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Lower Canada crude flows to U.S. helps chip away at Cushing glut

Credit: REUTERS/DRONE BASE

Lower flows of crude from Canada to Cushing, Oklahoma have helped ease a glut of oil at the delivery point for U.S. crude futures over the past two weeks, traders said, but the storage hub remained near a multi-month high.

NEW YORK/WINNIPEG, Manitoba, Sept 18 (Reuters) - Lower flows of crude from Canada to Cushing, Oklahoma have helped ease a glut of oil at the delivery point for U.S. crude futures over the past two weeks, traders said, but the storage hub remained near a multi-month high.

Crude inventories at Cushing fell 646,578 barrels the week ending on Tuesday, according to traders, citing the latest data from market intelligence firm Genscape.

Cushing has eased as U.S. imports of Canadian crude fell to 3,057,000 barrels a day the week ending Sept. 11 from 3,226,000 bpd the previous week, the U.S. Energy Information Administration said in its weekly report.

Canadian oil producers have been steadily restarting much of the 1 million barrels per day in crude production that was shut in during spring, but output has been interrupted in the past few weeks.

Exxon Mobil-owned Imperial Oil IMO.TO was forced to shut production temporarily at its Kearl oil sands site this month due to a pipeline outage. It was corrected this week and Imperial restarted Kearl production.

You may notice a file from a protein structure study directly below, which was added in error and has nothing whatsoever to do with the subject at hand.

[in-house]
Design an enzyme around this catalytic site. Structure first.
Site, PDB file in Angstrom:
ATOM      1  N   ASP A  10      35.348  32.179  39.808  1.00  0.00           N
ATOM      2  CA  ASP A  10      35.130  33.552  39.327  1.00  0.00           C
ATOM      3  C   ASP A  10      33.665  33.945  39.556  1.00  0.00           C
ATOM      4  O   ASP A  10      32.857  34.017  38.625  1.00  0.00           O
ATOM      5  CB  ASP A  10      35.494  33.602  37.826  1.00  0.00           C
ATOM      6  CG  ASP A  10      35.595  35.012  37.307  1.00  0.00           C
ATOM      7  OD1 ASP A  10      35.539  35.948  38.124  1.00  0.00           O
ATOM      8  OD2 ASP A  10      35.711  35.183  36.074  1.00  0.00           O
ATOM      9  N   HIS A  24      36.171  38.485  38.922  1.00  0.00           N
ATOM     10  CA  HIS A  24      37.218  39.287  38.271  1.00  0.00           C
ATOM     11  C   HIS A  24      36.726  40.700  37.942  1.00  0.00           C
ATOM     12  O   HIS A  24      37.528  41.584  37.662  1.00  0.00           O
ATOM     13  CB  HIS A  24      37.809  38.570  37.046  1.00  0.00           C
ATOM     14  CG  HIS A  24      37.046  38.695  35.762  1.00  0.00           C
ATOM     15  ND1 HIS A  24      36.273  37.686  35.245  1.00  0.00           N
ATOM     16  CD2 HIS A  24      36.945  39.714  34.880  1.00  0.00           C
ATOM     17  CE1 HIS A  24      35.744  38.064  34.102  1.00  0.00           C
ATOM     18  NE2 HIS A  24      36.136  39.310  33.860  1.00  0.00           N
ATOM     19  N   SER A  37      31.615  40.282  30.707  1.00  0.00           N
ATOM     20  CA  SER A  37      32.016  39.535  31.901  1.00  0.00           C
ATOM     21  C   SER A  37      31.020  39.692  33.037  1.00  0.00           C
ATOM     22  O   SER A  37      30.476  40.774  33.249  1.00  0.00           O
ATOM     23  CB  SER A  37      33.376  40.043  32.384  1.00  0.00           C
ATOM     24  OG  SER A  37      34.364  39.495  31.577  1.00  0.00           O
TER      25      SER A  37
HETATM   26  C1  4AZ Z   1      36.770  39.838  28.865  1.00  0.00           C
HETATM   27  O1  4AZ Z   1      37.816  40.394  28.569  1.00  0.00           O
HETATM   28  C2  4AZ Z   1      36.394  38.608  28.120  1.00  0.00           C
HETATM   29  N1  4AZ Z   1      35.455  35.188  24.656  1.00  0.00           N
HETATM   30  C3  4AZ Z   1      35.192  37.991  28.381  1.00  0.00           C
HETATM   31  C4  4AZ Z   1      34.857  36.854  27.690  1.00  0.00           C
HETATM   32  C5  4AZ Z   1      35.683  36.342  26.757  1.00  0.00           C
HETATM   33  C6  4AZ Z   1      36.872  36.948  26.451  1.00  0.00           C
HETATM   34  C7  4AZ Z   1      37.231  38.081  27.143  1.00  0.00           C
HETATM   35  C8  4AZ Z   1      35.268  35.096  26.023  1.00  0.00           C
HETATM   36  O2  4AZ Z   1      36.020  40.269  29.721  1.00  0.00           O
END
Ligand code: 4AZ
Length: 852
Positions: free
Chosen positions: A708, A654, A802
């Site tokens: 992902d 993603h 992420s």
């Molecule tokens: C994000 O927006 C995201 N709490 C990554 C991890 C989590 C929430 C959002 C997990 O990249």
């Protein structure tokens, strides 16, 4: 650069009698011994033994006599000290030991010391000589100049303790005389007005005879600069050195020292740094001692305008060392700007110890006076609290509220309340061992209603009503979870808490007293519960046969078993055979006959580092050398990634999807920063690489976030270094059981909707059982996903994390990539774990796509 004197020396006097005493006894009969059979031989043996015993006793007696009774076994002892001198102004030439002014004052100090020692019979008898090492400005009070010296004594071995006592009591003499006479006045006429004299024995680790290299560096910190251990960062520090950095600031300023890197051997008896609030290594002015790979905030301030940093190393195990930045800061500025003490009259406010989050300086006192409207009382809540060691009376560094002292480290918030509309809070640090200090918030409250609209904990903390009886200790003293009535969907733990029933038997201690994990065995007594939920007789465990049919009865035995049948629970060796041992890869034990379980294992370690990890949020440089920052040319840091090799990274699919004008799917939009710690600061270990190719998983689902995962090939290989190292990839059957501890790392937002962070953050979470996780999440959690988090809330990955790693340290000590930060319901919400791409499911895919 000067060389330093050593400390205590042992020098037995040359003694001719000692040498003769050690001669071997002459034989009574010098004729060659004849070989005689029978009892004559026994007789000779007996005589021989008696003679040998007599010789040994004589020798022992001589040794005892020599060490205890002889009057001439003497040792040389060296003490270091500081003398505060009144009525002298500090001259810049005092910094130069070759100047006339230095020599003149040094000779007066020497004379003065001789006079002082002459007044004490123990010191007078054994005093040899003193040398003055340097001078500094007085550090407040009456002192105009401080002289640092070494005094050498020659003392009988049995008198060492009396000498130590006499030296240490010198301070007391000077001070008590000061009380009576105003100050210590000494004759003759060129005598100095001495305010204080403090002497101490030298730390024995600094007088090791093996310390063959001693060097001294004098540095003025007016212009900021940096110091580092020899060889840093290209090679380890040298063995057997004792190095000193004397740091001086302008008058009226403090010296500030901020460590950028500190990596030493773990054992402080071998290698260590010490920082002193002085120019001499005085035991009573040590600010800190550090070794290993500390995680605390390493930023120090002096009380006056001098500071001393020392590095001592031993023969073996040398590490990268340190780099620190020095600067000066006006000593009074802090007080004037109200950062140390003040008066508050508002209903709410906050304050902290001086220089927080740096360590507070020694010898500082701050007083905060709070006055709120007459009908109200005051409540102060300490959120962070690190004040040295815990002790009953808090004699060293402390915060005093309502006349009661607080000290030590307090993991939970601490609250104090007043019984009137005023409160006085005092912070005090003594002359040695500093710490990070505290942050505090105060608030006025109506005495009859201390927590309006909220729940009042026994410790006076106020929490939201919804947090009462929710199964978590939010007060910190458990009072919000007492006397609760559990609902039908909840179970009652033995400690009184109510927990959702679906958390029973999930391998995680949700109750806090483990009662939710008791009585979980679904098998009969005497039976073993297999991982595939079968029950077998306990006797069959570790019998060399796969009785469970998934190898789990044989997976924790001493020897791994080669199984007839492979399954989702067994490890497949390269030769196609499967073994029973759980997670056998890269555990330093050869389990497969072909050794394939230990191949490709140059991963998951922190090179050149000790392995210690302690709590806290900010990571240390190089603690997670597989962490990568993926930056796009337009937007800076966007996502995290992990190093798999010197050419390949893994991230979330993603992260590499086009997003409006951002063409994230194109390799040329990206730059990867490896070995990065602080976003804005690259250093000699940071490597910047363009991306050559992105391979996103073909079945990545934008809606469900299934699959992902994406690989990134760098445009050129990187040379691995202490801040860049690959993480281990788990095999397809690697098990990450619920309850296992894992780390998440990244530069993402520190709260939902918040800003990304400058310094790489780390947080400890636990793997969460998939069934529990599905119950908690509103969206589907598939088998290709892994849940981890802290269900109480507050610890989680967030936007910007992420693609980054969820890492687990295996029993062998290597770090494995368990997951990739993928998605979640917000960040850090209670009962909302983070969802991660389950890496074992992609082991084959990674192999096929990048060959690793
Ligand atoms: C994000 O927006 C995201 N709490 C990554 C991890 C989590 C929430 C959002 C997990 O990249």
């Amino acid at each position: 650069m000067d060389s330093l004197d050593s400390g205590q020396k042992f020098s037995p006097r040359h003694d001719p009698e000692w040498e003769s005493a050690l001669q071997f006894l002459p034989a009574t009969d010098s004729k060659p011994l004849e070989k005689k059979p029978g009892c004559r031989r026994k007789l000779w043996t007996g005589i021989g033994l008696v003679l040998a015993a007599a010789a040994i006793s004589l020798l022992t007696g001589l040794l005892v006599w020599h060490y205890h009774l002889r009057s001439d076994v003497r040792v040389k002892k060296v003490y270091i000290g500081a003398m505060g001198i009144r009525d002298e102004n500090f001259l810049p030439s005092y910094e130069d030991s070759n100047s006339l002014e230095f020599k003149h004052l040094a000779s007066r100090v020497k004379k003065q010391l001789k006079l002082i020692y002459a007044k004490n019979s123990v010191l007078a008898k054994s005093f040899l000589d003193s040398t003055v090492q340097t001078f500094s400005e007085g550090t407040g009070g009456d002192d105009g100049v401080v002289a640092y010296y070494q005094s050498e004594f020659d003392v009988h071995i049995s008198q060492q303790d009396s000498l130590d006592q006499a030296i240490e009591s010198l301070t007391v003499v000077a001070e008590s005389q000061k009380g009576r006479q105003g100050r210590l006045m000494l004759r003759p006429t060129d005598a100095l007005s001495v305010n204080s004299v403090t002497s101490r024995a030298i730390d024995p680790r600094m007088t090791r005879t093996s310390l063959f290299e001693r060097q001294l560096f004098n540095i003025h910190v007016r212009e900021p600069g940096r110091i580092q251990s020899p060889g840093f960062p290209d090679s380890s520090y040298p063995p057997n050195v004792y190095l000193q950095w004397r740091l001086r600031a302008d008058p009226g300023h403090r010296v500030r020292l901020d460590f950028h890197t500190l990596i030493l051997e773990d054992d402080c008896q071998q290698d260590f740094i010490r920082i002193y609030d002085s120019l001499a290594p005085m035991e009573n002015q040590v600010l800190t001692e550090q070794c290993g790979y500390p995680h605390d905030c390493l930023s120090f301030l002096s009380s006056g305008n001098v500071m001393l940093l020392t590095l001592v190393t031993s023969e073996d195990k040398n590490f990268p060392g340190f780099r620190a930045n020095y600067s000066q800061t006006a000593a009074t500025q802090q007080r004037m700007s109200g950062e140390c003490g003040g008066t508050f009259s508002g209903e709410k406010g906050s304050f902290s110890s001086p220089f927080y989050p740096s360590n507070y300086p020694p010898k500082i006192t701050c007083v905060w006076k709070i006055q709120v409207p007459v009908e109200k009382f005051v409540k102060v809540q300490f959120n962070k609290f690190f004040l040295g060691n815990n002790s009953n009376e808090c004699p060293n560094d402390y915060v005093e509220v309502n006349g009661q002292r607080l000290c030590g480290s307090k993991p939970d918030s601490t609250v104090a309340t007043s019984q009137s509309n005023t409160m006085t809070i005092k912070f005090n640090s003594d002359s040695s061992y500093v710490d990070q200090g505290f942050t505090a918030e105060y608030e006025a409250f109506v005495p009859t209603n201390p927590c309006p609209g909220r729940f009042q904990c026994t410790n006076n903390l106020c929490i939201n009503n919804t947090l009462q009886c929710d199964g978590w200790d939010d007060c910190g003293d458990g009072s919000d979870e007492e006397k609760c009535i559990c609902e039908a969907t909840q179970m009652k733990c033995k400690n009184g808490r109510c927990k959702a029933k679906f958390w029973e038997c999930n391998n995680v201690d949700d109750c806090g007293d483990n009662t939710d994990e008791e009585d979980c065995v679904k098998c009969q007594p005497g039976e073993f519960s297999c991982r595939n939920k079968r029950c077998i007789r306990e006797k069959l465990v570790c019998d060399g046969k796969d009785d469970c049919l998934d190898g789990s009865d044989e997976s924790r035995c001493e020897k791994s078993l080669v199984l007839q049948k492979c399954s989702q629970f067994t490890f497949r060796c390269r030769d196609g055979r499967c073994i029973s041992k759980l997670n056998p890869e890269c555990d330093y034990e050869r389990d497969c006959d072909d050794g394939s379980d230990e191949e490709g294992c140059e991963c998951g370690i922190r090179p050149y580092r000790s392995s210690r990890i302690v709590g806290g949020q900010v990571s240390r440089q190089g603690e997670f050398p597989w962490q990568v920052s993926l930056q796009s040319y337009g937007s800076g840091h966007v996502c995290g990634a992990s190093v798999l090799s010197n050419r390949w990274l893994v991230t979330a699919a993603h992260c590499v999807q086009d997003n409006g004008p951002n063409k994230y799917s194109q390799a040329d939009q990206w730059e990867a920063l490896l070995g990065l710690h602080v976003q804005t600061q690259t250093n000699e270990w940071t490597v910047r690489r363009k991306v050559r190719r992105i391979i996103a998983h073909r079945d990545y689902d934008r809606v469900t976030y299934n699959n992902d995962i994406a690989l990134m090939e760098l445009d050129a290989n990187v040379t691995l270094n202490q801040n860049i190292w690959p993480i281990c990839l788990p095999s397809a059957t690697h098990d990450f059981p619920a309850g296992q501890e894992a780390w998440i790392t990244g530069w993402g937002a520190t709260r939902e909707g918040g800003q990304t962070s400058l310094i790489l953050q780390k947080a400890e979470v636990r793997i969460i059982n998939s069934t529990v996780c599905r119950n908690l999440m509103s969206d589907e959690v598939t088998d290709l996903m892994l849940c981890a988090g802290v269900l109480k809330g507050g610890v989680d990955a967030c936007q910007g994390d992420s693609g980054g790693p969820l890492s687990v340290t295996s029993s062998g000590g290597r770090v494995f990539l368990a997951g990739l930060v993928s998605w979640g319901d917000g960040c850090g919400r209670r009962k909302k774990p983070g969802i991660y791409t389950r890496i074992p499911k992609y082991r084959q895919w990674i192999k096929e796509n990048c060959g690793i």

Suncor Energy SU.TO this month cut its 2020 oil production outlook after a fire in August at its Base Mine.

The reduced supplies have supported Canadian prices, with the discount on Canadian heavy oil to WTI last week falling to its lowest level in nearly two months, according to NE2 Canada Inc.

The decline has helped chip away at a surplus of Cushing stocks, which have surged from falling global fuel demand tied to efforts to combat the novel coronavirus and led to negative prices for the U.S. crude oil futures benchmark in April. L2N2C91NQ

Still, inventories at the hub held near the highest since May as fuel demand continues to be hampered by the pandemic.

(Reporting by Laila Kearney and Rod Nickel; additional reporting by Arathy S Nair; editing by Diane Craft)

((Laila.kearney@thomsonreuters.com; (917) 809-0054;))

The views and opinions expressed herein are the views and opinions of the author and do not necessarily reflect those of Nasdaq, Inc.

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